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AlphaGo Master vs AlphaGo Zero - The Power of Reinforcement Learning

July 20, 2018

Just when we think artificial intelligence has proved its superiority over human intellect, it strikes again. Google DeepMind’s AlphaGo computer programs use artificial intelligence to challenge themselves, and humans, to the ancient game of Go. And while the 2015 version of AlphaGo proved capable enough to dominate a human Go player, the recent iterations of the program just keep getting better.

To play Go, AlphaGo Master used the Monte Carlo Tree Search algorithm, with the help of some reinforcement learning neural nets, to chop off as many branches and as much height of the search tree and eventually settle on the node with the highest probability of winning. So how does its successor, AlphaGo Zero, differ?

The latest updates present in AlphaGo Zero left researchers in awe. One of the major changes is the removal of its ability to learn from human strategy. AlphaGo using a chess playbook to memorise moves? Gone. From now on, it’s just an AI playing against itself and generating gameplays for later training. In other words, it completely disregarded hundreds of years of human exploration in this field, and started with 100% randomness to find strategies.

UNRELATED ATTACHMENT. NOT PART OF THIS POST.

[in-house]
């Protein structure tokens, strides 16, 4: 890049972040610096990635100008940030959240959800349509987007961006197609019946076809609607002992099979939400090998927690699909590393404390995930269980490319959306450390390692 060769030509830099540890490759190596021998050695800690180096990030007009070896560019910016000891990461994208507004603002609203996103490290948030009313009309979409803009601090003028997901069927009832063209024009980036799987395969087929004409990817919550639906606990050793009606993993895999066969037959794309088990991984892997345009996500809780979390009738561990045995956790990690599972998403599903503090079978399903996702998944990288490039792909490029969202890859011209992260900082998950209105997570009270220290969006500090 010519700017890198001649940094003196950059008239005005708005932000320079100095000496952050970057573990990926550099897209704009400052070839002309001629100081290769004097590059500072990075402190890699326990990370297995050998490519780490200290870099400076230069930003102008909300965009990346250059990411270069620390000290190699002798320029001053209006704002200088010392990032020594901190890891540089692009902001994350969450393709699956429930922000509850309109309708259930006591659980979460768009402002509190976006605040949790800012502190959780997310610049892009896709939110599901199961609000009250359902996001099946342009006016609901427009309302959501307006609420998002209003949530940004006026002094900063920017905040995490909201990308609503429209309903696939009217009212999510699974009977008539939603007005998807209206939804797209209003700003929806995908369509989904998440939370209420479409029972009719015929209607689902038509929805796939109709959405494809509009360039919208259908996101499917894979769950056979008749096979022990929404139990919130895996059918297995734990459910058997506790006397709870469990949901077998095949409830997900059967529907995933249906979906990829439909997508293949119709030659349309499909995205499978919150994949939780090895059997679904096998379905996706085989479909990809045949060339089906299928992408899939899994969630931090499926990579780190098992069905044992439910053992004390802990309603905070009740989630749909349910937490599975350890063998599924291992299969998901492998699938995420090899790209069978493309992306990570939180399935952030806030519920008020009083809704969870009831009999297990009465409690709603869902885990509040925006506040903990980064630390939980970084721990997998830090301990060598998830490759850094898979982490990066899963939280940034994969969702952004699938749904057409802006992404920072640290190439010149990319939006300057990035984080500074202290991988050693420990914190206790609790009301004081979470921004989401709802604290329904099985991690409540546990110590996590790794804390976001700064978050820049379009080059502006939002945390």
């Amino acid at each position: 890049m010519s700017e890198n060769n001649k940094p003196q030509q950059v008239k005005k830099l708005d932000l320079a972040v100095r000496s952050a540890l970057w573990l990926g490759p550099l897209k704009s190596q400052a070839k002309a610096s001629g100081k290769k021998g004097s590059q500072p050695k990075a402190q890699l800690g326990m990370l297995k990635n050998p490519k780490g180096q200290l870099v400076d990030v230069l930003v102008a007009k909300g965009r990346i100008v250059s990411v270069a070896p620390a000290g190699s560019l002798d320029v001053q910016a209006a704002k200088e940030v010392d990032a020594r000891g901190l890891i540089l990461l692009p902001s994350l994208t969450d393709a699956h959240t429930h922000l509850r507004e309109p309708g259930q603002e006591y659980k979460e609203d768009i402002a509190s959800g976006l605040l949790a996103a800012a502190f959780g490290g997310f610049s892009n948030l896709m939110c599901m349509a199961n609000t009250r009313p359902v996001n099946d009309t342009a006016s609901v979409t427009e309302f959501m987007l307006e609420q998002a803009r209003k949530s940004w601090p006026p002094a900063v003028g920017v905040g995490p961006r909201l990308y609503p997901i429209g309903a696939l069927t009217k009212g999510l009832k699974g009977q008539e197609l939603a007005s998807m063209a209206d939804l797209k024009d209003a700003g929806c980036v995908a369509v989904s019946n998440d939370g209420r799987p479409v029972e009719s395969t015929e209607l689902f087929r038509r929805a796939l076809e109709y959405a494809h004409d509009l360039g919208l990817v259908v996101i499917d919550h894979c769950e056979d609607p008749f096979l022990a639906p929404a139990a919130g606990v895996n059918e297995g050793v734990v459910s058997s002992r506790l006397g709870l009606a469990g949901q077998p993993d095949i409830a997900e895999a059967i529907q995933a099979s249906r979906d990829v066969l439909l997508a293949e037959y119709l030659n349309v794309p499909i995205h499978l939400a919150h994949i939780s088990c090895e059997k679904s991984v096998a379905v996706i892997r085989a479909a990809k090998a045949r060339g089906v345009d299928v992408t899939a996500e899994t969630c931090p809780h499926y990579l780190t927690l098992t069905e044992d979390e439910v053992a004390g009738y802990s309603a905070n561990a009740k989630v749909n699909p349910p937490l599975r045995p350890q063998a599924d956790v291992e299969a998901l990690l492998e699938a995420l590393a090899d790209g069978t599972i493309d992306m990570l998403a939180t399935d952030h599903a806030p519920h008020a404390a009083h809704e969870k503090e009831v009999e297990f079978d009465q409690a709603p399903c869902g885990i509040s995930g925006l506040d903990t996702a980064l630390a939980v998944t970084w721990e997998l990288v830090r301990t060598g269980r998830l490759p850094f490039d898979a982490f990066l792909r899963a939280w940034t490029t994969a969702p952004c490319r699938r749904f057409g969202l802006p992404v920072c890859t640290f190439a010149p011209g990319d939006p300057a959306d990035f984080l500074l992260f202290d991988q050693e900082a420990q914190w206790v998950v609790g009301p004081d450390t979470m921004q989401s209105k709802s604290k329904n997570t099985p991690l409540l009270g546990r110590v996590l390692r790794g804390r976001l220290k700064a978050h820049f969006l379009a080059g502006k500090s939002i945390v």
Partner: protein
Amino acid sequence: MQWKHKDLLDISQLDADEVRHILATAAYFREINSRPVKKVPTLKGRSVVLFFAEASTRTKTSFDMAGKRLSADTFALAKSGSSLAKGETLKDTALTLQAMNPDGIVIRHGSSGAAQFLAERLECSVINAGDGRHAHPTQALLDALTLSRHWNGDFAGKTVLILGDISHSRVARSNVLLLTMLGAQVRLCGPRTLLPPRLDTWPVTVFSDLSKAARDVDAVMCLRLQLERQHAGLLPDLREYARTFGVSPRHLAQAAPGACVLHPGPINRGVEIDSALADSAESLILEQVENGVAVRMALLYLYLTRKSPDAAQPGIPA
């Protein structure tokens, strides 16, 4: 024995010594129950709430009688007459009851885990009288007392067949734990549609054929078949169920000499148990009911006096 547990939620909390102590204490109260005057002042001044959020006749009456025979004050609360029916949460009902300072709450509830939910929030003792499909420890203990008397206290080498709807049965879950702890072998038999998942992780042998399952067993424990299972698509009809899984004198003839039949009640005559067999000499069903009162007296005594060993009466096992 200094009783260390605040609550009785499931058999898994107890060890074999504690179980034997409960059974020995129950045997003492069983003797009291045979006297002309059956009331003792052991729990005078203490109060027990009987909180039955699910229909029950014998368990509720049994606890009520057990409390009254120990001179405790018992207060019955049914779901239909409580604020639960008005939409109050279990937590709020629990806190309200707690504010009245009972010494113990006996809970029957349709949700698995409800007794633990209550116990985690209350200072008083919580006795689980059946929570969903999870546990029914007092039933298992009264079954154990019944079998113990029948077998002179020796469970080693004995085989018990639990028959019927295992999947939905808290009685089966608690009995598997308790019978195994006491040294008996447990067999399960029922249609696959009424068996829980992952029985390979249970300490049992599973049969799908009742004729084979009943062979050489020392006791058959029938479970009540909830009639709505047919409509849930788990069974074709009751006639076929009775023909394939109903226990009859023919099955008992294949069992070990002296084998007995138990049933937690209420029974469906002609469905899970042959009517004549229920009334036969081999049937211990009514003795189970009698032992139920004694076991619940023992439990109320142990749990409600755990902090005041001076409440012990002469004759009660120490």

As it turns out, the newer version of AlphaGo reached a super-human level of performance after a mere 70 hours of training, reaching the level of its predecessor, AlphaGo Master, in only 40 days. Hundreds of years of human Go knowledge was surpassed by artificial intelligence in less than three days.

Another major structural change in AlphaGo Zero was the riddance of Monte Carlo Tree Search.  Yes, that intimidatingly complicated chart with big branches is gone—for the better.

Rolling out the game is no small feat. The deeper the search goes and the more branches it considers, the higher the accuracy of predicting the right move. Ditching the Monte Carlo method is essentially a trade-off between accuracy and time. By dropping the tree search and relying solely on the quality of trained RL (reinforcement learning) networks, AlphaGo Zero is able to run more games in a specified time range, generating more training data and rendering a higher quality of networks, all with jaw-dropping speed.

But how well can it play? We know that AlphaGo Master already defeated the world’s top human player, Ke Jie—and AlphaGo Zero’s Elo rating is 327 units higher than Master’s. In other words, it’s pretty damn good.

Reinforcement learning is the kind of machine learning technique that doesn’t rely on big data. With AlphaGo Zero, DeepMind pushed RL’s independence from data further by starting with 100% randomness. In the real world, not every training scenario is conveniently provided with a big volume of datasets, which makes reinforcement learning an extraordinarily promising tool to use.

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